According to the National Sleep Foundation, around 18 million Americans have sleep apnea. Sleep apnea typically occurs when the upper airway is blocked by the tongue or flaccid throat muscles and causes a person to stop breathing. Not only can this hinder someone’s well-being and sleep, but it can also cause serious health implications if left untreated. Dental care and sleep apnea go hand in hand, and patients may visit a dentist for sleep apnea treatment.
Symptoms of Sleep Apnea
Patients typically suffer from one of the three types of sleep apnea: obstructive, central, or mixed. Obstructive sleep apnea (OSA) is the most common type of sleep apnea. Patients with OSA suffer from repeated breathing interruptions throughout the night, typically lasting a few seconds, but may last minutes.
OSA occurs when the airways are obstructed. This may be caused by the size of the patient’s tongue, a small jaw, or flaccid throat muscles. These sleep interruptions may occur up to 30 times per hour.
Some symptoms of obstructive sleep apnea include:
- Daytime drowsiness
- Waking up with headaches, a sore throat, or intense dry mouth
- Bruxism or teeth grinding
- Forgetfulness or irritability
- Redness in the throat
- Trouble with concentration
- Tongue with scalloped edges
- Night sweats
- Small jaw
Causes and Dangers of Sleep Apnea
Most patients who suffer from OSA also experience bruxism or excessive teeth grinding. Over time, the surfaces of the teeth become worn and damaged, leaving the teeth more susceptible to bacteria, breakage, and cavities. The patient’s gums may also recede and experience inflammation.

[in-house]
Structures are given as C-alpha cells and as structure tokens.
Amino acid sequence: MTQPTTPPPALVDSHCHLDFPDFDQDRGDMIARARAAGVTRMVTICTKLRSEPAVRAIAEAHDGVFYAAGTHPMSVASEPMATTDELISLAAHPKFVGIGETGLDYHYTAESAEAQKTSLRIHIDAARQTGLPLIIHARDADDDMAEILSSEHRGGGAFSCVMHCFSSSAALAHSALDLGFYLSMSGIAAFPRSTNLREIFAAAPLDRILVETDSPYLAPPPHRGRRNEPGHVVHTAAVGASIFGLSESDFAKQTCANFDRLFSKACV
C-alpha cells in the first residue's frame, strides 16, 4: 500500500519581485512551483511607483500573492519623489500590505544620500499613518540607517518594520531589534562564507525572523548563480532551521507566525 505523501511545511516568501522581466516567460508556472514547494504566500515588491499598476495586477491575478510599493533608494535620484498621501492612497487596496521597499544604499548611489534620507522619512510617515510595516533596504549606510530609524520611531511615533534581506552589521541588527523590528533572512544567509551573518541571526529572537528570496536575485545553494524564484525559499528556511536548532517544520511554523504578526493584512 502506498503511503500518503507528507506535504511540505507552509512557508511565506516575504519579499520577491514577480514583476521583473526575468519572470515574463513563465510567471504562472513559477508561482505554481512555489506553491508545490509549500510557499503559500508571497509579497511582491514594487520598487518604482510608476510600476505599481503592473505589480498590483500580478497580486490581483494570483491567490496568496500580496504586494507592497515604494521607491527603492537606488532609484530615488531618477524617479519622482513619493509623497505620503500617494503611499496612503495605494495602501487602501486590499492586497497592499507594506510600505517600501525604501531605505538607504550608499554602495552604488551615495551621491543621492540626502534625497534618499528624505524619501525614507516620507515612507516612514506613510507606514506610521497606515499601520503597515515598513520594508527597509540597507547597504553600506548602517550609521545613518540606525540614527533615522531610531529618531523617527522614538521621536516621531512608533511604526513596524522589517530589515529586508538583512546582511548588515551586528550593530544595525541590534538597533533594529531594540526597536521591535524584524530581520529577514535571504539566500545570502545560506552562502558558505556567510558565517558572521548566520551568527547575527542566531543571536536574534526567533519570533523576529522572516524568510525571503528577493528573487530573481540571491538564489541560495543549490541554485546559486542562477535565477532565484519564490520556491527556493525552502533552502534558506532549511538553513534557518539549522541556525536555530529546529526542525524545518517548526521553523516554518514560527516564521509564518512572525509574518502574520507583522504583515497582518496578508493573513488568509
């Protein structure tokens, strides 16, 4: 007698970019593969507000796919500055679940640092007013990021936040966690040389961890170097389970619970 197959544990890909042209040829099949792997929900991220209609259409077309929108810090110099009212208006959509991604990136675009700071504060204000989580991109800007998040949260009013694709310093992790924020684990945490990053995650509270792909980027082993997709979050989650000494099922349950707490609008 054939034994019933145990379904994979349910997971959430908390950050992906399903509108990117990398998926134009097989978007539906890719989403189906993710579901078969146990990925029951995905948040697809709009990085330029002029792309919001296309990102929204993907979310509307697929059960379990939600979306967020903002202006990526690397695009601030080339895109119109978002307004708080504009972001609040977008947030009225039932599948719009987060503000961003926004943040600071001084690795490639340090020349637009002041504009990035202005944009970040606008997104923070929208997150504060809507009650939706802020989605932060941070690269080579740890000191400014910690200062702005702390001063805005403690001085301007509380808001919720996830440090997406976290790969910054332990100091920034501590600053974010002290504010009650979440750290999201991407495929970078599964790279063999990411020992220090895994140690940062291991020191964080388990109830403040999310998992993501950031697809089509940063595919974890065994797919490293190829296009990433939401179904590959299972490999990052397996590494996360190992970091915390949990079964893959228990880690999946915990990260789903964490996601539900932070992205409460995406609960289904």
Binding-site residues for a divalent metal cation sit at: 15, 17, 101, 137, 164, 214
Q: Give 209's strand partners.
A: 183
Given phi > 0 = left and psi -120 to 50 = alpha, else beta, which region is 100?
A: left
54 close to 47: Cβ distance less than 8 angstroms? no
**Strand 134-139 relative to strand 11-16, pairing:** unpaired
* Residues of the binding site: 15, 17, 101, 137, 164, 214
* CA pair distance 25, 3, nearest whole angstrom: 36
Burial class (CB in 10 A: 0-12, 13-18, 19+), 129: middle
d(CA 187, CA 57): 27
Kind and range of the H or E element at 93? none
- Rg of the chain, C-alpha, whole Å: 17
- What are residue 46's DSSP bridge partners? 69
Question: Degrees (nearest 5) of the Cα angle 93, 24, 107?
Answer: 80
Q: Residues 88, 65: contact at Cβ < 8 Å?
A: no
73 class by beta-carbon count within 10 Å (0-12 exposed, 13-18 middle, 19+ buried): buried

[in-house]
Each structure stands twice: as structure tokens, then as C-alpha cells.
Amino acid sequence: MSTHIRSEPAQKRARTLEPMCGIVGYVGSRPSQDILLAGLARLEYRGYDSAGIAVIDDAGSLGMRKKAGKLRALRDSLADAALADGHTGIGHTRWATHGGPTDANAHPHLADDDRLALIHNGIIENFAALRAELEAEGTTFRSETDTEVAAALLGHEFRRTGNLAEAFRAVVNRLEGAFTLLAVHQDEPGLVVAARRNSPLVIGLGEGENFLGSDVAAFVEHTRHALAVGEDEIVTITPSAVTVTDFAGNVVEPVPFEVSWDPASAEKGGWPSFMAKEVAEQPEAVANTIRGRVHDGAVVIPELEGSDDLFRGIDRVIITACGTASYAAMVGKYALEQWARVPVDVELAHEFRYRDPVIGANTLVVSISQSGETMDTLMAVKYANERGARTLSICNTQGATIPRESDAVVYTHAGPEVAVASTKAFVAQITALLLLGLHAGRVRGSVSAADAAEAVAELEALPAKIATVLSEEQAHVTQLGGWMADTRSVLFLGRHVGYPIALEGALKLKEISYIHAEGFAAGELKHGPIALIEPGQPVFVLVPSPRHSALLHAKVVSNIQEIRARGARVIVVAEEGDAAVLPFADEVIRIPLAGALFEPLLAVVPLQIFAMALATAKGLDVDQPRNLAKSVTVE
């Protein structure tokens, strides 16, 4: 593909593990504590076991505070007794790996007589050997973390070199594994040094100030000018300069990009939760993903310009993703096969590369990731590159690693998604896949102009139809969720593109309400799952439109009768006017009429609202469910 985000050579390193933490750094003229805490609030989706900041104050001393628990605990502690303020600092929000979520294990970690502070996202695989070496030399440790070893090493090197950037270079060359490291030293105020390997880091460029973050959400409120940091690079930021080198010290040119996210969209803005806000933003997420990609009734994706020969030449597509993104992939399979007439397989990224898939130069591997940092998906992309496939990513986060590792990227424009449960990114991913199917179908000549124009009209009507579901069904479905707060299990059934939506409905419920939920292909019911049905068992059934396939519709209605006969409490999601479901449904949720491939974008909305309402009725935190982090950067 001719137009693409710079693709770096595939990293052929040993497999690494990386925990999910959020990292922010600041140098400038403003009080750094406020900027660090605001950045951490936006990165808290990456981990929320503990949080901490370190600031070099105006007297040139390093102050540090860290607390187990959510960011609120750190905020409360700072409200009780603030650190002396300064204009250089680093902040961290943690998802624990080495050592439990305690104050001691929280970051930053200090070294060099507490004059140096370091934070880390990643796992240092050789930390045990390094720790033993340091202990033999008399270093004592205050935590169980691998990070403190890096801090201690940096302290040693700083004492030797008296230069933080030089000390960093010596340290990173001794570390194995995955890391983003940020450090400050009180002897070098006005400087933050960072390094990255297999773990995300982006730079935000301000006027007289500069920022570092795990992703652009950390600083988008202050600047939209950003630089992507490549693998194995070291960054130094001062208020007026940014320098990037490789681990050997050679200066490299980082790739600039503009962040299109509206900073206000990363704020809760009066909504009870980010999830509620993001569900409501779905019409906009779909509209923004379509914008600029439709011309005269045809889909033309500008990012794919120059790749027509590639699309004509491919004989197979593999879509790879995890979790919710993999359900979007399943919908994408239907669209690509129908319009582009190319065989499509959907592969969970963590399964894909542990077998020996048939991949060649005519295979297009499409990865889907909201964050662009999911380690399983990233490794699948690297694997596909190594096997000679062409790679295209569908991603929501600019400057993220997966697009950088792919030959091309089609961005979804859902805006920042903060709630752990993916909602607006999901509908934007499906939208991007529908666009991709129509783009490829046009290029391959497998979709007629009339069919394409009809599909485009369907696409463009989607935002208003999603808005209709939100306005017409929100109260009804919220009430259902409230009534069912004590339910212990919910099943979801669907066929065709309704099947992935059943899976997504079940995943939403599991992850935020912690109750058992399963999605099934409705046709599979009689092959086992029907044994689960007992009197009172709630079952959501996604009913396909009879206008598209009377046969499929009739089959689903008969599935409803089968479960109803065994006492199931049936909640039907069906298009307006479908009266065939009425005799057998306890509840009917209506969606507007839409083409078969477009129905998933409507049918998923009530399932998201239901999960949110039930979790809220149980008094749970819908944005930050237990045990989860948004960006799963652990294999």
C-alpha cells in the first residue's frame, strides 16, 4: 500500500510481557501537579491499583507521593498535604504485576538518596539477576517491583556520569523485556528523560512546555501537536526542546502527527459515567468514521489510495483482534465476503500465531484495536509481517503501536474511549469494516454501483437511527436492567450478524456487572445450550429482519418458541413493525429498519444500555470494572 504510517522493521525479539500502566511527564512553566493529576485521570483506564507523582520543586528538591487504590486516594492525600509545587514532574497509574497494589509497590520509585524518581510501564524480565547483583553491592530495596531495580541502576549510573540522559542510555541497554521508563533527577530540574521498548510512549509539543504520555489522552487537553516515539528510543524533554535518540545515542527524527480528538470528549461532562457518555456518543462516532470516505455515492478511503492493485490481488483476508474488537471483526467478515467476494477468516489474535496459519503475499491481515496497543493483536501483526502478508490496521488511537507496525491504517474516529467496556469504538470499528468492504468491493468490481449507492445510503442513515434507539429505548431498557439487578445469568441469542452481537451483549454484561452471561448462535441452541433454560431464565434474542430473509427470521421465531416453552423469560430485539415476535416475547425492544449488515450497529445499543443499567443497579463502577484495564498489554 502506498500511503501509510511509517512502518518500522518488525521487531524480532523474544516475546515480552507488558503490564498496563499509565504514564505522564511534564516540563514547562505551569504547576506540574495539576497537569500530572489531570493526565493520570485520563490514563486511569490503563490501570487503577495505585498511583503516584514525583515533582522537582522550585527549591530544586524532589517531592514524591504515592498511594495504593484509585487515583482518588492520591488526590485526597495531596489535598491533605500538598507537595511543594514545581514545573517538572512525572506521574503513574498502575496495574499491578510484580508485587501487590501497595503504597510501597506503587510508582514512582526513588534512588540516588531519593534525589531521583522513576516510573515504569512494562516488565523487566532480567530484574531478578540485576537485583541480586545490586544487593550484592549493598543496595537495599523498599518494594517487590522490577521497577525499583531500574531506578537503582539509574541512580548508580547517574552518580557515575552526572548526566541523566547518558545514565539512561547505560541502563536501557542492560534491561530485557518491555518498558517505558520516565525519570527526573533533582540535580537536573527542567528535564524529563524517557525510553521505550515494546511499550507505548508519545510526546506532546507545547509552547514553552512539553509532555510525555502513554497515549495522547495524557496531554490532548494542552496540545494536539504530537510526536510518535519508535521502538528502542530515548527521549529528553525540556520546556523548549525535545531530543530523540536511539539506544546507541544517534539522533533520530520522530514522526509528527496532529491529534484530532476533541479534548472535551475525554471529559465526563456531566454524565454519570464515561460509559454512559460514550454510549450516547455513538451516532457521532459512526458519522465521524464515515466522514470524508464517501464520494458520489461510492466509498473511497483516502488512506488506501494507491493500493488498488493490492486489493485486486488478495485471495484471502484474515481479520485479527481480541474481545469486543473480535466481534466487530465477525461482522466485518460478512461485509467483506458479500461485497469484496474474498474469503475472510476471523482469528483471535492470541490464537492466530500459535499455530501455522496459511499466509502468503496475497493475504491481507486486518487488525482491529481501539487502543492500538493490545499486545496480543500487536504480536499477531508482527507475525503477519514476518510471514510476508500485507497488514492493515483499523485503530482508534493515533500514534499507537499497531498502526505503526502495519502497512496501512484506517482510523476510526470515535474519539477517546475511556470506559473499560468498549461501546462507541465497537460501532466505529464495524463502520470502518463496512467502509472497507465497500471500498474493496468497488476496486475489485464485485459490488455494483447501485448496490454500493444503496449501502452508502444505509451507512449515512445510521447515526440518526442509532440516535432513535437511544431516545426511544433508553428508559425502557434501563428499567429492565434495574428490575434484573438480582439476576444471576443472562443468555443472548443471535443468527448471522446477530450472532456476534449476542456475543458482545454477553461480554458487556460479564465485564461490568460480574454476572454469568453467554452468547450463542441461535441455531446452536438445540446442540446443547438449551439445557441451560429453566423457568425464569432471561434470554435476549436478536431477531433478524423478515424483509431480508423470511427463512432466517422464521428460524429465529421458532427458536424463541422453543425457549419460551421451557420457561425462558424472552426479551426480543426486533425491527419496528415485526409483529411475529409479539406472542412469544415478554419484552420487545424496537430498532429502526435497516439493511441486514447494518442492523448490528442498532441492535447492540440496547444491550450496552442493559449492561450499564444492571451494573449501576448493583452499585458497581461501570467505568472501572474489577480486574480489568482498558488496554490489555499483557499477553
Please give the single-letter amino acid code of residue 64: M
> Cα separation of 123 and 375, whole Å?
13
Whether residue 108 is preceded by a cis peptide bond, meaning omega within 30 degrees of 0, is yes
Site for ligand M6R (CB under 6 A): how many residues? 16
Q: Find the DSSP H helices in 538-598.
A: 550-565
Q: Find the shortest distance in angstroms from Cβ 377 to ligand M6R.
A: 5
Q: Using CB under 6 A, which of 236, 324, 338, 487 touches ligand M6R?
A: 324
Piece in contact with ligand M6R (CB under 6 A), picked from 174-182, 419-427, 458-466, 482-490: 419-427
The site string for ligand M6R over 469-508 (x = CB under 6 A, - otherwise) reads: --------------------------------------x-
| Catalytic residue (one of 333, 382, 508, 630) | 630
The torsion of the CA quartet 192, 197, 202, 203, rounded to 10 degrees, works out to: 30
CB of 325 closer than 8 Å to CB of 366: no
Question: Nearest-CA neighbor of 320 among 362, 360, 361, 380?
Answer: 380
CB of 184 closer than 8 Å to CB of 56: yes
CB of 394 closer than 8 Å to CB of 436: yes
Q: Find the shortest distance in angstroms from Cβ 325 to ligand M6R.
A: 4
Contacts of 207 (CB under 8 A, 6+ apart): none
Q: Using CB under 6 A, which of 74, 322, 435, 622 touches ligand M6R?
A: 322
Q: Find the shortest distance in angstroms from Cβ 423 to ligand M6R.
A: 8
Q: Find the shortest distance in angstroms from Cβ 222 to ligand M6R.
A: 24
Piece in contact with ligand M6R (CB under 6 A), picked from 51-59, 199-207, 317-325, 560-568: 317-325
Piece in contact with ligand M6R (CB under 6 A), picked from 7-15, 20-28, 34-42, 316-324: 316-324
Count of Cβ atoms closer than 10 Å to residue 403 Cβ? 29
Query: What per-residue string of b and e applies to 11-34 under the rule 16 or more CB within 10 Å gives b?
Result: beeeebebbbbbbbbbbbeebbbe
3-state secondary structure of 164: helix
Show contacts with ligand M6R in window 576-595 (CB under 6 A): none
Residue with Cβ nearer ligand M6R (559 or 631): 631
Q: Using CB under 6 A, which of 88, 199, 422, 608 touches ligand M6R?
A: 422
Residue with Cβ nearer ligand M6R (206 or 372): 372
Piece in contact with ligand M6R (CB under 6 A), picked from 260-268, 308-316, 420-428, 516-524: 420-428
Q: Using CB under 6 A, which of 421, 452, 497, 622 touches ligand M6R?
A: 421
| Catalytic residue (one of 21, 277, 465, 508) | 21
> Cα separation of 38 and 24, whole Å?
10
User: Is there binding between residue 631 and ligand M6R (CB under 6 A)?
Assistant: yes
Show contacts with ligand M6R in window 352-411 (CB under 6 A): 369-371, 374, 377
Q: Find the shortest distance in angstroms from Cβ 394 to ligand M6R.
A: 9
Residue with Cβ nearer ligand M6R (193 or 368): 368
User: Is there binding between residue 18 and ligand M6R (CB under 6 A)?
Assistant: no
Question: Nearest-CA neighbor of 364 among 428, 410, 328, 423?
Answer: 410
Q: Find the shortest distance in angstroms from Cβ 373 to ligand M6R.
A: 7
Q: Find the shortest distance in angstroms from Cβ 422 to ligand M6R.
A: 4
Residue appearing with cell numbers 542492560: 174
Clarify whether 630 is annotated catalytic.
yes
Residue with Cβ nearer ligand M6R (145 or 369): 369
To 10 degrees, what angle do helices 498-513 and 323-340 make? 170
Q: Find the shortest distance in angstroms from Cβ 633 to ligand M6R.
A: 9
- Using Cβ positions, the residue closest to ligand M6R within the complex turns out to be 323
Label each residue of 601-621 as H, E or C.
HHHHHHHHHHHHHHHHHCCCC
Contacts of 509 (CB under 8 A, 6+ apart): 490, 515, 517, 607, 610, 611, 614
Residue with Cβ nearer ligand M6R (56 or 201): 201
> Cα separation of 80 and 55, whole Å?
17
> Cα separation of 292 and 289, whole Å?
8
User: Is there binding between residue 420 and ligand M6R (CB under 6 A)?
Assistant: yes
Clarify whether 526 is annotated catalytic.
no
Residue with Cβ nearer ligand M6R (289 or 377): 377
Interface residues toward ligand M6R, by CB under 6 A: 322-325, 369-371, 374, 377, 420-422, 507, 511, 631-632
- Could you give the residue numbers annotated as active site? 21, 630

The cycle of waking up and gasping for air severely damages a person’s quality of sleep and may even reduce the body’s oxygen levels. Patients may become extremely fatigued throughout the day, and are at a higher risk of increased blood pressure, heart disease, diabetes, and obesity. When left untreated, OSA may cause additional health problems, such as congestive heart failure, heart attacks, hypertension, stroke, and cardiomyopathy.
OSA may impair a person’s ability to drive and hinder work performance.
Who is at risk for Obstructive Sleep Apnea?
Sleep apnea is more common in adults than children, but children may also suffer from obstructive sleep apnea, though it is harder to notice. Patients who smoke or use recreational or prescription drugs are at greater risk for OSA. Additionally, men and adults over 40 years old are more susceptible to OSA.
Dental Care and Sleep Apnea Treatments
While patients with severe sleep apnea may require a CPAP machine, dental devices are also an effective way to treat sleep apnea. A dental or oral appliance will keep your tongue from sliding back into the throat, and can also be adjusted to advance the lower jaw forward. These devices keep the airways open throughout the night so patients may return to their normal, peaceful sleep routine.
Suffering from sleep apnea? Dr. Ema can prescribe an oral appliance or dental treatment to overcome obstructive sleep patterns. Call our office at (312) 435-0411.